Large extra dimension effects through lightbylight scattering at the CERN LHC
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Abstract
Observing lightbylight scattering at the large hadron collider (LHC) has received quite some attention and it is believed to be a clean and sensitive channel to possible new physics. In this paper, we study the diphoton production at the LHC via the process \({{pp}}\rightarrow {{p}}\gamma \gamma {{p}}\rightarrow {{p}}\gamma \gamma {{p}}\) through graviton exchange in the large extra dimension (LED) model. Typically, when we do the background analysis, we also study the double Pomeron exchange of \(\gamma \gamma \) production. We compare its production in the quark–quark collision mode to the gluon–gluon collision mode and find that contributions from the gluon–gluon collision mode are comparable to the quark–quark one. Our result shows, for extra dimension \(\delta =4\), with an integrated luminosity \(\mathcal{L} = 200\,\mathrm{fb}^{1}\) at the 14 TeV LHC, that diphoton production through graviton exchange can probe the LED effects up to the scale \({M}_{S}=5.06 (4.51, 5.11)\,\mathrm{TeV}\) for the forward detector acceptance \(\xi _1 (\xi _2, \xi _3)\), respectively, where \(0.0015<\xi _1<0.5\), \(0.1<\xi _2<0.5\), and \(0.0015<\xi _3<0.15\).
Keywords
Large Hadron Collider Large Extra Dimension Central Exclusive Production Forward Detector Large Extra Dimension1 Introduction
The large hadron collider (LHC) at CERN generates high energetic proton–proton (\({{pp}}\)) collisions with a luminosity of \(\mathcal{L}=10^{34}\,\mathrm{cm}^{2}\,\mathrm{s}^{1}\) and provides the opportunity to study very high energy physics. At such a high energy, most attention is usually paid to the central rapidity region where most of the particles are produced and where most of the high \({{p}}_{T}\) signal of new physics is expected. Indeed, the CDF collaboration has already observed such a kind of interesting phenomenon including the exclusive lepton pairs production [1, 2], photon–photon production [3], dijet production [4] and charmonium (\(J/\psi \)) meson photoproduction [5], etc. Now, both ATLAS and CMS collaborations have programs of forward physics which are devoted to studies of high rapidity regions with extra updated detectors located in a place nearly 100–400 m close to the interaction point [6, 7, 8, 9]. Technical details of the ATLAS forward physics (AFP) projects can be found, for example, in Refs. [10, 11]. The physics program of this new instrumentation covers interesting topics like elastic scattering, diffraction, lowx QCD, central exclusive production (CEP), and the photon–photon (\(\gamma \gamma \)) interaction, the last two being the main motivation for the AFP project.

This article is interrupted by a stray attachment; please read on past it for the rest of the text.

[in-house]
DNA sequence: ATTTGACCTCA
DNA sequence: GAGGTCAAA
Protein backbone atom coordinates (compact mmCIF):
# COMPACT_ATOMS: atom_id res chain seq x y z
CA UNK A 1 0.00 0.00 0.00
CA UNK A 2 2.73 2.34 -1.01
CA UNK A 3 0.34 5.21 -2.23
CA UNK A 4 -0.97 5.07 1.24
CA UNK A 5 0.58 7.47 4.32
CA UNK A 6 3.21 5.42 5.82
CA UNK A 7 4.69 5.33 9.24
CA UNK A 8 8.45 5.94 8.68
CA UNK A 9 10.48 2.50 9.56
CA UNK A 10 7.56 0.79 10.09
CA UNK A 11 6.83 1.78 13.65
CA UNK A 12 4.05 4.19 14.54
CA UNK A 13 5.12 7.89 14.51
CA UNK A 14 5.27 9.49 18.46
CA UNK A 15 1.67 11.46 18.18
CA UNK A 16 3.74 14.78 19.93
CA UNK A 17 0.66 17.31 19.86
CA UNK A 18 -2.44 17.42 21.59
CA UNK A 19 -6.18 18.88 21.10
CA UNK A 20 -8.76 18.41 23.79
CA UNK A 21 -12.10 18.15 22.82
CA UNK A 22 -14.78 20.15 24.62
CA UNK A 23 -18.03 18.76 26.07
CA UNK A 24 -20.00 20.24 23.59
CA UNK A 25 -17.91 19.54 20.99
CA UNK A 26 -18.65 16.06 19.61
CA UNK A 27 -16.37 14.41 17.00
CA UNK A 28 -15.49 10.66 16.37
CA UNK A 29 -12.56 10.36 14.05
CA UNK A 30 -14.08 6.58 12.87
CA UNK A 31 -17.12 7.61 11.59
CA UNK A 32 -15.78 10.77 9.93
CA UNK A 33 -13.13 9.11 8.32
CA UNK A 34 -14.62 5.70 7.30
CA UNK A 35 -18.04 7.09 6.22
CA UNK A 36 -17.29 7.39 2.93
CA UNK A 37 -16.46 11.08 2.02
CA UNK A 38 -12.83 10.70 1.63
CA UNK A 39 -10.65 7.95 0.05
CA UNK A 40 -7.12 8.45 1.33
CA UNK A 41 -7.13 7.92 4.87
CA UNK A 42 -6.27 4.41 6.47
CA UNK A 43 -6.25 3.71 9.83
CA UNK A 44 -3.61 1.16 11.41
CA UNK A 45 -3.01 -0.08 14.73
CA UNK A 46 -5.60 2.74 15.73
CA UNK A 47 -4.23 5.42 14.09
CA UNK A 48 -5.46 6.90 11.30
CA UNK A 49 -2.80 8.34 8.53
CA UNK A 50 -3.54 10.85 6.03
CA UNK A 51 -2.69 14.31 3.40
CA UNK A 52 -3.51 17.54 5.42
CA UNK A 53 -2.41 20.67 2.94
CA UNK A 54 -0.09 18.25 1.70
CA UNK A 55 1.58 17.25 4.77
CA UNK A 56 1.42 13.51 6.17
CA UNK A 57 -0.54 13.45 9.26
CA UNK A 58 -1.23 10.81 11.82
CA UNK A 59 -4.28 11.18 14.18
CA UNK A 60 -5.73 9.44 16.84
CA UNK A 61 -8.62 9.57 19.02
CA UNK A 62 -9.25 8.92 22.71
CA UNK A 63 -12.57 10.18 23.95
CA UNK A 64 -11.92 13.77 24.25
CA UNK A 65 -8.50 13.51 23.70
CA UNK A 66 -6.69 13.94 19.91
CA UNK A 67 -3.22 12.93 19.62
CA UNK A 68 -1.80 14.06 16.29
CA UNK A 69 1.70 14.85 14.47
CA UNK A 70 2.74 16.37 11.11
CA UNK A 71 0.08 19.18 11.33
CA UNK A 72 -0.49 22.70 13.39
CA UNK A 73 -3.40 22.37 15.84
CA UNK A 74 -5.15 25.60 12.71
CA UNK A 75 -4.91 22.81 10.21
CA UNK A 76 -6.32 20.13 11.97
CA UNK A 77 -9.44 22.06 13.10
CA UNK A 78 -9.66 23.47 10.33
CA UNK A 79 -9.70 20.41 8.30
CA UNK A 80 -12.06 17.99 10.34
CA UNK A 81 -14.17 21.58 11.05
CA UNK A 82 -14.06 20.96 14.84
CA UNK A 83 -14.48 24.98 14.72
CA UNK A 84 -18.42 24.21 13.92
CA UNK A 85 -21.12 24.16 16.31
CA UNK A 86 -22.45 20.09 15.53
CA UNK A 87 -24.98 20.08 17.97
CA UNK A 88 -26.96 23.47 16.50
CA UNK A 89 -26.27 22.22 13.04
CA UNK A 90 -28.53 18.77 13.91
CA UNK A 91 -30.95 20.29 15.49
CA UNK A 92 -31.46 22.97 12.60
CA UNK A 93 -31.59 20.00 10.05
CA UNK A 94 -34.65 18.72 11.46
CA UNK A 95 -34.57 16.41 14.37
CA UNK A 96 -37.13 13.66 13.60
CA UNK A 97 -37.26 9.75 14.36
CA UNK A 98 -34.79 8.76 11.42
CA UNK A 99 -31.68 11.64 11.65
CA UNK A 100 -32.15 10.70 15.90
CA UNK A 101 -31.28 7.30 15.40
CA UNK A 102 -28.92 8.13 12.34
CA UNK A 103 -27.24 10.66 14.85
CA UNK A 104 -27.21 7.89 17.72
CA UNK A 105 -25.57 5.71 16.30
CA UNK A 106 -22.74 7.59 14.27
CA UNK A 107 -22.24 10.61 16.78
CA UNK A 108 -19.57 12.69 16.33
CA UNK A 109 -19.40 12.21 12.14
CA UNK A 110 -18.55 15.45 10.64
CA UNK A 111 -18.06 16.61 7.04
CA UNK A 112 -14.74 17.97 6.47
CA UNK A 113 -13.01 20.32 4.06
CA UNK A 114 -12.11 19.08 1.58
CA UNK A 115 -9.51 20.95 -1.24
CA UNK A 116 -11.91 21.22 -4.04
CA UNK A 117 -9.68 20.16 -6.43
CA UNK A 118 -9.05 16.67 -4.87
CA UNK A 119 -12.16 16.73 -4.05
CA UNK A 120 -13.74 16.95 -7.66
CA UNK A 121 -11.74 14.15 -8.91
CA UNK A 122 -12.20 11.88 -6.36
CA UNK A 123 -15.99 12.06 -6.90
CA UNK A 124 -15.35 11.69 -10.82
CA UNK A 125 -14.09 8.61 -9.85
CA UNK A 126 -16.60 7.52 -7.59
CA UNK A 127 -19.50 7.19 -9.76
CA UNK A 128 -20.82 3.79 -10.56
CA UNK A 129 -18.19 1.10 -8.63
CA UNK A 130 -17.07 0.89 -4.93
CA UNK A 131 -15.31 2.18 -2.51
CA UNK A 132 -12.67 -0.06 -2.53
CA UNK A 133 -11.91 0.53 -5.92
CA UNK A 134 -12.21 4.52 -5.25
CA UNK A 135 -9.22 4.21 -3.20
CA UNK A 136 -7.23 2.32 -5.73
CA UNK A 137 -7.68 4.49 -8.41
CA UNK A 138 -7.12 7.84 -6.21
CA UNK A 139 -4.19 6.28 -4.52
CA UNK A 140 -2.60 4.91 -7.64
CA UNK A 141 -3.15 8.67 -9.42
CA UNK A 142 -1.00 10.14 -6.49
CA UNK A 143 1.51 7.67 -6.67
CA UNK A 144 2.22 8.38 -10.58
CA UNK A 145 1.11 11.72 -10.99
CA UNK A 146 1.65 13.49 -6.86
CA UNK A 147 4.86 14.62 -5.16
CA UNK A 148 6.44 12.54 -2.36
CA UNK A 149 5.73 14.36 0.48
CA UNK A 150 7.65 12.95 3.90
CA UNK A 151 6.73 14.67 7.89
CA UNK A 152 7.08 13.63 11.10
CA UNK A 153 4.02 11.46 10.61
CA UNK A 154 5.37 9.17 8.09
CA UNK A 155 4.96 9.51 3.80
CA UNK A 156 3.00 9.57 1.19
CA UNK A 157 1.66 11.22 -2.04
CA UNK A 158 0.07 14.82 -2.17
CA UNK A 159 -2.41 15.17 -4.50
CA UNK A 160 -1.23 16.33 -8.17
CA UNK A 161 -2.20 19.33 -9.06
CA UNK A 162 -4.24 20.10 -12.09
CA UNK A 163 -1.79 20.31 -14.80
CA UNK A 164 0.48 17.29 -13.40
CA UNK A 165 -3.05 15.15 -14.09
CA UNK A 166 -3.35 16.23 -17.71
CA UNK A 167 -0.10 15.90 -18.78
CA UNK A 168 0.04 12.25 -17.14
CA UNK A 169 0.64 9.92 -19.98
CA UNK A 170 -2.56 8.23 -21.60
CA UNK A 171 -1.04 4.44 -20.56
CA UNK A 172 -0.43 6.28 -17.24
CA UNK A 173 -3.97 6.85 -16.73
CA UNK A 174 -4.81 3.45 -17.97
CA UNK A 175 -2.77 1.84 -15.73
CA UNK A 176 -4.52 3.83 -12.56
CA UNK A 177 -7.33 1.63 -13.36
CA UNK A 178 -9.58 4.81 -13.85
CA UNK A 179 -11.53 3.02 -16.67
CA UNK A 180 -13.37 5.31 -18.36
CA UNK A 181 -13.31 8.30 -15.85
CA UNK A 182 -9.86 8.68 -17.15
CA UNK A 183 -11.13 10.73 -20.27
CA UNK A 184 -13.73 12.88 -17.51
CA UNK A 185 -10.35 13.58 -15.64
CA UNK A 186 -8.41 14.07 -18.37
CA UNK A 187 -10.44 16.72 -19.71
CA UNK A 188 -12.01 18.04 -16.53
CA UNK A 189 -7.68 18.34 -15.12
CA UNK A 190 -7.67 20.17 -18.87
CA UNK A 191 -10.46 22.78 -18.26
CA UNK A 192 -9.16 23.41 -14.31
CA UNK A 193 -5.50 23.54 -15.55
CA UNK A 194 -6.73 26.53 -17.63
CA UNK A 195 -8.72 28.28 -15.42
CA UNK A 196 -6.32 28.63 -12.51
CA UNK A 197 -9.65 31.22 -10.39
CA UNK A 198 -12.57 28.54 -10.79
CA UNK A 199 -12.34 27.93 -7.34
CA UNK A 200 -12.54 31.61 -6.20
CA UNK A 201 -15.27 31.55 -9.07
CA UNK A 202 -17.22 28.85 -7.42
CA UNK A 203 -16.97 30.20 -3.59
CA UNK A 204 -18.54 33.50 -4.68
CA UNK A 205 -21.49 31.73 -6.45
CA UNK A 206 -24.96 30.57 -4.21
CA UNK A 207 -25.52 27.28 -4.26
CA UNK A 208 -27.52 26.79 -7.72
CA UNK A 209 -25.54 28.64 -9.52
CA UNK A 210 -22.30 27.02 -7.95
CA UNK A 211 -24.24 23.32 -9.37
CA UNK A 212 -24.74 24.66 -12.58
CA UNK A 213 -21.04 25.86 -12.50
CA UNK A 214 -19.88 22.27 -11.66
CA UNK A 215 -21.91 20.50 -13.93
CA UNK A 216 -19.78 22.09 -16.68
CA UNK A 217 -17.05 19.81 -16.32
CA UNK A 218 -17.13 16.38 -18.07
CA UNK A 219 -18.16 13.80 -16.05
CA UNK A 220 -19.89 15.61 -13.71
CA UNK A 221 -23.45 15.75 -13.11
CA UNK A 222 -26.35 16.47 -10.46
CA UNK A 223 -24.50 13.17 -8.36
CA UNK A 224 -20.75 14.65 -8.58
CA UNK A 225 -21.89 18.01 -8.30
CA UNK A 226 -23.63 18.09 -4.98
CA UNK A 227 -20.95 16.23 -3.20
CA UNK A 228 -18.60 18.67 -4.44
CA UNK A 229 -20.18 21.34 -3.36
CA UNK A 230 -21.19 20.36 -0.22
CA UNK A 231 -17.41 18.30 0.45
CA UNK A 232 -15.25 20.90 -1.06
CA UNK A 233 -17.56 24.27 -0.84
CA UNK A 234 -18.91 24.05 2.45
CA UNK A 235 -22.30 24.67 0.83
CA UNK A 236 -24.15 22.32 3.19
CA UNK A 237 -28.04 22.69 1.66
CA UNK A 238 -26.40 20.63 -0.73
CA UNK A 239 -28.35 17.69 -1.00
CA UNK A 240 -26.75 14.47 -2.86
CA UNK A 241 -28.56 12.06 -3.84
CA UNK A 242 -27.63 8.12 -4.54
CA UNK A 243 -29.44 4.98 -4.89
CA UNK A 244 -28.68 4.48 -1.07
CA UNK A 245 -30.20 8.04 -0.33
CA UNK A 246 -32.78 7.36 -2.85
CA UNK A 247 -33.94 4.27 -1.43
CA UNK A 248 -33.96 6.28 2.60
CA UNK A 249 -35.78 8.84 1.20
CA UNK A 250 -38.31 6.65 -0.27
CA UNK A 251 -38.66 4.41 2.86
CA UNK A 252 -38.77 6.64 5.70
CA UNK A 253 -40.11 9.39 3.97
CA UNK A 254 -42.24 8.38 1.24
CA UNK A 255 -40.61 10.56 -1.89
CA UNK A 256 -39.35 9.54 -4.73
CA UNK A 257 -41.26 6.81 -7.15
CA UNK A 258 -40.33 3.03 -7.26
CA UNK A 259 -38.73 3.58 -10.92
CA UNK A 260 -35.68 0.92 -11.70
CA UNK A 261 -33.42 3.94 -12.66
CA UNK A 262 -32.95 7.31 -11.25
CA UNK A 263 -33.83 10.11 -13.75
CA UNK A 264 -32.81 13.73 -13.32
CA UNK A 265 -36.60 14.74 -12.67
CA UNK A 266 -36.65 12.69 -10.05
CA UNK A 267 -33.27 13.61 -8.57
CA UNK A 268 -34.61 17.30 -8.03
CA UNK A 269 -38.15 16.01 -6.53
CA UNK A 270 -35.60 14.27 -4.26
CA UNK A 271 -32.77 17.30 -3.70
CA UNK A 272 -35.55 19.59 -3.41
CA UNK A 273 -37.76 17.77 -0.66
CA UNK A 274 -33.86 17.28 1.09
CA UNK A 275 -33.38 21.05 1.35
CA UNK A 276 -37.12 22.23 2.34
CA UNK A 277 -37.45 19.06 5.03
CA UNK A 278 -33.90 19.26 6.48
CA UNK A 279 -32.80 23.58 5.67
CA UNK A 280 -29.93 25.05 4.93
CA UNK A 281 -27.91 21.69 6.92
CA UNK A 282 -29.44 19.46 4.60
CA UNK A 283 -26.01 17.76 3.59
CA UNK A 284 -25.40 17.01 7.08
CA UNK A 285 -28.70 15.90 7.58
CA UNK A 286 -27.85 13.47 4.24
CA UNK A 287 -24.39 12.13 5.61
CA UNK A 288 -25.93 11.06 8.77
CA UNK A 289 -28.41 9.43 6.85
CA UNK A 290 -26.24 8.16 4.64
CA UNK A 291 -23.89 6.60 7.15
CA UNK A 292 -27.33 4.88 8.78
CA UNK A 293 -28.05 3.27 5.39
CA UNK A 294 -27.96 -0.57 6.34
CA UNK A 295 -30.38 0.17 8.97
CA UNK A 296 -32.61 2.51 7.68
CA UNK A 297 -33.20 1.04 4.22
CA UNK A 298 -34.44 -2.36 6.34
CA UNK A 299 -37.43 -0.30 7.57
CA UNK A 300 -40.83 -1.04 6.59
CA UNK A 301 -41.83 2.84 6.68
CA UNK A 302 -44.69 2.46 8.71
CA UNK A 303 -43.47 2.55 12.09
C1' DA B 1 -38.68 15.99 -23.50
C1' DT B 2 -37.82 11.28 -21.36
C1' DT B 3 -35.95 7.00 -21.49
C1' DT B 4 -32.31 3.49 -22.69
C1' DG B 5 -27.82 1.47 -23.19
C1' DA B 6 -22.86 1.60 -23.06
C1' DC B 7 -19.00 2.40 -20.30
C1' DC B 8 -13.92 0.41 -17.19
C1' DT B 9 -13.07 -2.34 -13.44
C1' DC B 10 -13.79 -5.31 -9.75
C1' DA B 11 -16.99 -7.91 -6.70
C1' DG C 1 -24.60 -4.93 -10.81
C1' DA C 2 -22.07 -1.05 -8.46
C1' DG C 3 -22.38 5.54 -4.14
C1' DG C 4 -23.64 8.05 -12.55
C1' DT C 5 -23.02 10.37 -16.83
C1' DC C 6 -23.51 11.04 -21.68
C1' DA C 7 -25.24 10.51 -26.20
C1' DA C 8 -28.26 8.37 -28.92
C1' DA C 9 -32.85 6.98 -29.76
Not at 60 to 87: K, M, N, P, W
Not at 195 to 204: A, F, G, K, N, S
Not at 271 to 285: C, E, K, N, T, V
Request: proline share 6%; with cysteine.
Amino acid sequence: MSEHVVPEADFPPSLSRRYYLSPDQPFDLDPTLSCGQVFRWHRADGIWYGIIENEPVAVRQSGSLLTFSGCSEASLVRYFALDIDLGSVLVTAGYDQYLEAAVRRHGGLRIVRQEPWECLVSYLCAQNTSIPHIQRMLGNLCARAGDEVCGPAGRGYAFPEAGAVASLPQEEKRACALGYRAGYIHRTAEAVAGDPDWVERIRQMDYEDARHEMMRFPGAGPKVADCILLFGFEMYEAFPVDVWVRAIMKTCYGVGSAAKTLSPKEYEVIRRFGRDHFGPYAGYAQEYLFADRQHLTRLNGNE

The simplest exclusive production is due to the exchange of two photons: \({pp}\rightarrow {p}\gamma \gamma {p}\rightarrow {pXp}\) where X is the centrally produced system. In such production at the LHC, the invariant mass of the photons can span up to 1 TeV scales, high enough to reach scales of possible new physics. In addition, the production of these processes mainly through the QED mechanisms which are well understood and their predictions have a very small uncertainty. These make the twophoton exchange physics particularly interesting. Therefore, we can use this kind of production mechanism to determine the luminosity at the LHC precisely [12], to study the interaction of electroweak bosons with overconstrained kinematics, to test the standard model (SM) at high energies or to study the new production channels that could appear, i.e., SUSY [13, 14, 15, 16, 17, 18], anomalous gauge couplings [19, 20, 21, 22, 23, 24], unparticle [25], and extra dimensions [26, 27], etc.